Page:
Naomichi Marufuji (c) vs. Satoshi Kojima for the GHC Heavyweight championship
Japan
NOAH
GHC Tag Team Championship

Better than expected.  Kojima gave a really solid performance.  They mainly traded chops rather than forearm strikes which is usually my preference because (a) chops are easier to get right and (b) they work better in back and forth exchanges than elbows or forearms.  Kojima missed a lariat and ate the poll earlier on.  Late in the match, Maraufuji blocked the lariat a couple of times to do further damage to Kojima’s elbow.  It was a nice running thread even if it didn’t payoff in an obvious way.  Marafuji took some nice bumps.  Kojima did a lariat to his legs while on the apron, causing him to flip over and land on the floor.  The spot of the match was Kojima hitting a lariat while both were perched on the top rope.  Marafuji bum[ed all the way to the Korkauen Hall floor.  It was the Stan Hansen top rope lariat spot only with the added danger of a bump to the outside.  The lariat and bump were both rather brutal.

Marafuji teased Sliced Bread several times before finally landing it for the victory.  The match was a decent length and Kojima looked legitimately good in this.  I thought the match overall was better than the hyped Doering/Go AJPW Triple Crown title switch from earlier this month.  Post-match angle with Suzuki-gun invading felt like a legit big deal.


David & Jake Crist (c) vs. Papadon & Pepper Parks
United States
CZW
CZW Tag Team Championship

The Crists have a decent amount of tag team moves, some of which looked good.  Others missed.  Papadon and Parks were both solid as bumping heels but their offense didn’t do much for me.  The match was built around Cherry Bomb screaming the entire time (she does have an annoying scream) and getting her comeuppance when the Crists’ value pushed her off the middle turnbuckle onto Papadon and Parks on the floor.  Never a good sign when a spot like that is the high point that a match builds to.  They had a lot of big moves and near falls at the end which earned some “This is Awesome!” chants but none of the big moves and near falls were all that captivating.  The best was one of the Crist brothers doing an Undertaker-like assisted rope walk and then doing a spring board into a diamond cutter.  He got some nice heigh on the spring board.  The match was probably watchable but only barely so.  Nothing that you couldn’t see a hundred times on indie shows from the past 5+ years.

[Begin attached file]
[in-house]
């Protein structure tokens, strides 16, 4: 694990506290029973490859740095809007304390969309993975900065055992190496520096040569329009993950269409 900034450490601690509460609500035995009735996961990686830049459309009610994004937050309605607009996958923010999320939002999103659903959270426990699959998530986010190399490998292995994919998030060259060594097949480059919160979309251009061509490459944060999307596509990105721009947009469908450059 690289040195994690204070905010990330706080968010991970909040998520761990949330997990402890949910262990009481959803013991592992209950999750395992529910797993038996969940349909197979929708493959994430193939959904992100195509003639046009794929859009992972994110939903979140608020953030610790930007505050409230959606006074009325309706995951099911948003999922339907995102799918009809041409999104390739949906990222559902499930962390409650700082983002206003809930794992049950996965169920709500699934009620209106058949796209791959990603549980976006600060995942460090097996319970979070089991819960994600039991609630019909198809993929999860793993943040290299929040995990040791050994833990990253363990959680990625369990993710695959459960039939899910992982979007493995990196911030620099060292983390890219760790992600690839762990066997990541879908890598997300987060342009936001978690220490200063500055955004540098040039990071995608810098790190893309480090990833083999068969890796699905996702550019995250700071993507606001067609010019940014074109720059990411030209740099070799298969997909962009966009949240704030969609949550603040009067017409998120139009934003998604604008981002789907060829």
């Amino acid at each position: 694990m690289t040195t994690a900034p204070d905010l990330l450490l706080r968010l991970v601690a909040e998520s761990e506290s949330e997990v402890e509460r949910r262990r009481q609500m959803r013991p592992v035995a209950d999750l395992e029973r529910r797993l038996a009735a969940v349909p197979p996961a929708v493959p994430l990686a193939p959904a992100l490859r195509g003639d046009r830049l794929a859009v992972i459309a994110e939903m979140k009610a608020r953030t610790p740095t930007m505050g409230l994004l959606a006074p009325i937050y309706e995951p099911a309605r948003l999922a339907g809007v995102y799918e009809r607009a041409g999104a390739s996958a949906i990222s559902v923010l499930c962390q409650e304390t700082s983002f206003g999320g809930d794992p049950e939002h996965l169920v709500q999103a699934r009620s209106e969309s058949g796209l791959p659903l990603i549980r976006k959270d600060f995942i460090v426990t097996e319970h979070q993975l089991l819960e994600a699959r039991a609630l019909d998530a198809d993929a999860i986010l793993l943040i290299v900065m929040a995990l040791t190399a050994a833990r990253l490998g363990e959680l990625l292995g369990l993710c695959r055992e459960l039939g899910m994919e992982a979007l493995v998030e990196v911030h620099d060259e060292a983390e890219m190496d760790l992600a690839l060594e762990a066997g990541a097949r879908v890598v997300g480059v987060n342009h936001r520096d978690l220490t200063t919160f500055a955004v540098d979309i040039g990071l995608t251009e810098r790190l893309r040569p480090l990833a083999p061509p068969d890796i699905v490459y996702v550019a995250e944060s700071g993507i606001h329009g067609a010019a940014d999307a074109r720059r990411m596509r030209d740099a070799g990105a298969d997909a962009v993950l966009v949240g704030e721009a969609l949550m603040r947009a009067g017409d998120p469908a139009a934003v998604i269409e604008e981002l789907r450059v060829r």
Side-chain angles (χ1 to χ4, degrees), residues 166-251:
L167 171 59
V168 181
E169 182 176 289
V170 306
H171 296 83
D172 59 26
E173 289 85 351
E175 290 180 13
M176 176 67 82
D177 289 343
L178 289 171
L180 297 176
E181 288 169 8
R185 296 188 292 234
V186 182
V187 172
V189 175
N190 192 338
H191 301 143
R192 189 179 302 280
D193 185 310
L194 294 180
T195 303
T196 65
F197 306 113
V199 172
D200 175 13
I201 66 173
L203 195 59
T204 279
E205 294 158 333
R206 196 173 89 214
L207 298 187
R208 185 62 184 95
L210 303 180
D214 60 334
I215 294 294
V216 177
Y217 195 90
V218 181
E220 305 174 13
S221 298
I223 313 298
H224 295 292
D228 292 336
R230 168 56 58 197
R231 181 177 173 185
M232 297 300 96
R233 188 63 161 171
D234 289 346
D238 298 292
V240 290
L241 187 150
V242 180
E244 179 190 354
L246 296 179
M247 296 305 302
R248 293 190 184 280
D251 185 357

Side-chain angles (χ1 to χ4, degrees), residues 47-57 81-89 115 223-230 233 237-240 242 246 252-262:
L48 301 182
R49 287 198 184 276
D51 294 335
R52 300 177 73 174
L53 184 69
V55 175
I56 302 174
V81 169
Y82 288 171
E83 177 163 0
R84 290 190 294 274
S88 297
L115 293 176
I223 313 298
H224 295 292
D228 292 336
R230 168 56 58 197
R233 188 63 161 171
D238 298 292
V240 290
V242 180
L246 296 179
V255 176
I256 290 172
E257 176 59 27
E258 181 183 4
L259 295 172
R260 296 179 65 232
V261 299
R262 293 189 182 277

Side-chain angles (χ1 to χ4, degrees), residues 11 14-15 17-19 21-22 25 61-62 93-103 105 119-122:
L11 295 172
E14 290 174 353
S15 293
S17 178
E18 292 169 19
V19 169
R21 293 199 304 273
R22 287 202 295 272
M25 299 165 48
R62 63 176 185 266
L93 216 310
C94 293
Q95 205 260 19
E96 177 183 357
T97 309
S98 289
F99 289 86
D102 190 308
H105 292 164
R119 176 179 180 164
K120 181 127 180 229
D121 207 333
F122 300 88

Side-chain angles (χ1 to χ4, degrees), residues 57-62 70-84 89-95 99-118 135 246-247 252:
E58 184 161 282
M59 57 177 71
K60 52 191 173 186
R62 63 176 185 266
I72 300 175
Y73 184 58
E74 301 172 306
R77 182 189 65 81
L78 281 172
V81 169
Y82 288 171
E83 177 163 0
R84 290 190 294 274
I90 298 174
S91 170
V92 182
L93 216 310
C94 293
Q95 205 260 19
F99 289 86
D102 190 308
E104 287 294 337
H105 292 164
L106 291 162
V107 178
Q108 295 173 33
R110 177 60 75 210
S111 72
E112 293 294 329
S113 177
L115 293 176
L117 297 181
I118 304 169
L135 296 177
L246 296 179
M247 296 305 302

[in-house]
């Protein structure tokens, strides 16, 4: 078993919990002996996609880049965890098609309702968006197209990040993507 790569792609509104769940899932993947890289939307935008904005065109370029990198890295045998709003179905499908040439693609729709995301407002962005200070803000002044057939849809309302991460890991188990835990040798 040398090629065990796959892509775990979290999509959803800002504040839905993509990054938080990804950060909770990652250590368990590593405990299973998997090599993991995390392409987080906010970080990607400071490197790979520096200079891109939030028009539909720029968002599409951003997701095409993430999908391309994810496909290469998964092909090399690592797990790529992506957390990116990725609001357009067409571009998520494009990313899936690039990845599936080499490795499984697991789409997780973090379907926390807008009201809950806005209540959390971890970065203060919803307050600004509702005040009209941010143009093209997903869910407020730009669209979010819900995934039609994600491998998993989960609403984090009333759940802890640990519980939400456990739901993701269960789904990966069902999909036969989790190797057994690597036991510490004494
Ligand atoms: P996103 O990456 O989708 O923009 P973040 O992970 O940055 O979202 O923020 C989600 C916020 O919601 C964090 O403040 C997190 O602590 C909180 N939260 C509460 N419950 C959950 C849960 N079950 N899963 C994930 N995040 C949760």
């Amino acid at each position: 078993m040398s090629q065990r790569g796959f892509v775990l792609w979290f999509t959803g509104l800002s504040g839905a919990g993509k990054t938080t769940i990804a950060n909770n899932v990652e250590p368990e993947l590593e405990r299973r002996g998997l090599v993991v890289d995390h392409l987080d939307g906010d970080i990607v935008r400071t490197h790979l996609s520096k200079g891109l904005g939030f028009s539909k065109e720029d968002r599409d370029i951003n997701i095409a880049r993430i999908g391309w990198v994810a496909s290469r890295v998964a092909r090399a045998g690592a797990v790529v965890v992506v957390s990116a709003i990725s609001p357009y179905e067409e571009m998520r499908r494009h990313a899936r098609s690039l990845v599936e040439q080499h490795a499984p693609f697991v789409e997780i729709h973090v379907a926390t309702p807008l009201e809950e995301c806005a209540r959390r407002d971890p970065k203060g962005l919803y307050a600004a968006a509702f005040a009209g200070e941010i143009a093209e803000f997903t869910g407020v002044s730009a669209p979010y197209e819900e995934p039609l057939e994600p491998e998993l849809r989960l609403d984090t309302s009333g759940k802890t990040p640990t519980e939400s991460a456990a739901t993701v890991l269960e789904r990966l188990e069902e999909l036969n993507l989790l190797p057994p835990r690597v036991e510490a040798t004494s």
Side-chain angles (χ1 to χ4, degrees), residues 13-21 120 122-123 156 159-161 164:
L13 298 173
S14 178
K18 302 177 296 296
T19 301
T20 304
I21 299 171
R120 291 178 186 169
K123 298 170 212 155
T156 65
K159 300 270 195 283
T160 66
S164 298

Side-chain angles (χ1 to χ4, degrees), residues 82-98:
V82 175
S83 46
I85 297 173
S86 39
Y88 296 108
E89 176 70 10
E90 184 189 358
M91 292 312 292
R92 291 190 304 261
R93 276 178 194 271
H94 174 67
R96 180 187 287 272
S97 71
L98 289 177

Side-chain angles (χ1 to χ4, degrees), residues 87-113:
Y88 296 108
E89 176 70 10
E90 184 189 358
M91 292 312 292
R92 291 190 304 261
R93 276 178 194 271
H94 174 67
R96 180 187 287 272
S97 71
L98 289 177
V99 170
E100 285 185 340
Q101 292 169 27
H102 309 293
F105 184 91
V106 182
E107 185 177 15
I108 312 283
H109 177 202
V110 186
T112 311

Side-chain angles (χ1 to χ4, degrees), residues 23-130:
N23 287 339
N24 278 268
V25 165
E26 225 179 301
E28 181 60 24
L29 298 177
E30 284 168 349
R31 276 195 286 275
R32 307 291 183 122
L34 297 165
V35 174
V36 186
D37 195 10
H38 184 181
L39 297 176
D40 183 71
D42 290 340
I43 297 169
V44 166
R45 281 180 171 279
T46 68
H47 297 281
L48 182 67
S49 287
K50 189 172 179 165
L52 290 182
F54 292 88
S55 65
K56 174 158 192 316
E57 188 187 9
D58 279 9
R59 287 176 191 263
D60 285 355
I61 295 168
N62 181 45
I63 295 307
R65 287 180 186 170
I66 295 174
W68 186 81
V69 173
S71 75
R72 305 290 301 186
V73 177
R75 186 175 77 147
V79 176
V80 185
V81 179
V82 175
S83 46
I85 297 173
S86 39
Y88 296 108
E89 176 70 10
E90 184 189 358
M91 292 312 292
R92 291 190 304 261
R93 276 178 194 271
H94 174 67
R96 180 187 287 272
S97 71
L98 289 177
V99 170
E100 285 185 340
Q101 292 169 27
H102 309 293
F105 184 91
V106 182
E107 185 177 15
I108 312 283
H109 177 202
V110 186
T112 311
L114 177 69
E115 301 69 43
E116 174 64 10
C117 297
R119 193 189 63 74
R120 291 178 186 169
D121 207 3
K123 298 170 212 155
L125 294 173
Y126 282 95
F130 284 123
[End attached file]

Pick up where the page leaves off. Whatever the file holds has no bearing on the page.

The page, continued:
Joe Gacy © vs. Jonathan Gresham
United States
CZW
CZW Wired Championship

Really enjoyed the start.  The diminutive Gresham works cat-and-mouse style in a lot of his matches since he is usually both significantly smaller and quicker than his opponent.  What made this opening different was how Gacy would smother Gresham to counteract his quickness rather than simply chase him.  Gacy wrestled the opening Stan Hansen style in terms of not giving Gresham any space and staying right on him.

The body  and ending of the match got away from that unique opening.  They still did cat-and-mouse stuff but it was more generic.  There was some good stuff in between.  Both wrestlers are solid and I want to see more of Gacy who had both a unique and solid style in this match.  The match just never managed to build off of the unique and effective opening to reach the next level.  Slightly above average match.


Drew Gulak vs. Alexander James (CZW)
United States
CZW

This wasn’t really a match, but rather Gulak neutralizing James’ entourage and quickly winning the match with an intense, high impact offense not often seen from Gulak.  I think Gulak is ahead of guys like Thatcher and Busick into terms of being well-rounded.  I am not sure either of those could do this effective, short match based around suplexes as effectively as Gulak did.  He didn’t do anything special, but he did have enough high impact slams and suplexes to get the angle over.  A nothing match, but a glimpse into another side of Gulak’s arsenal.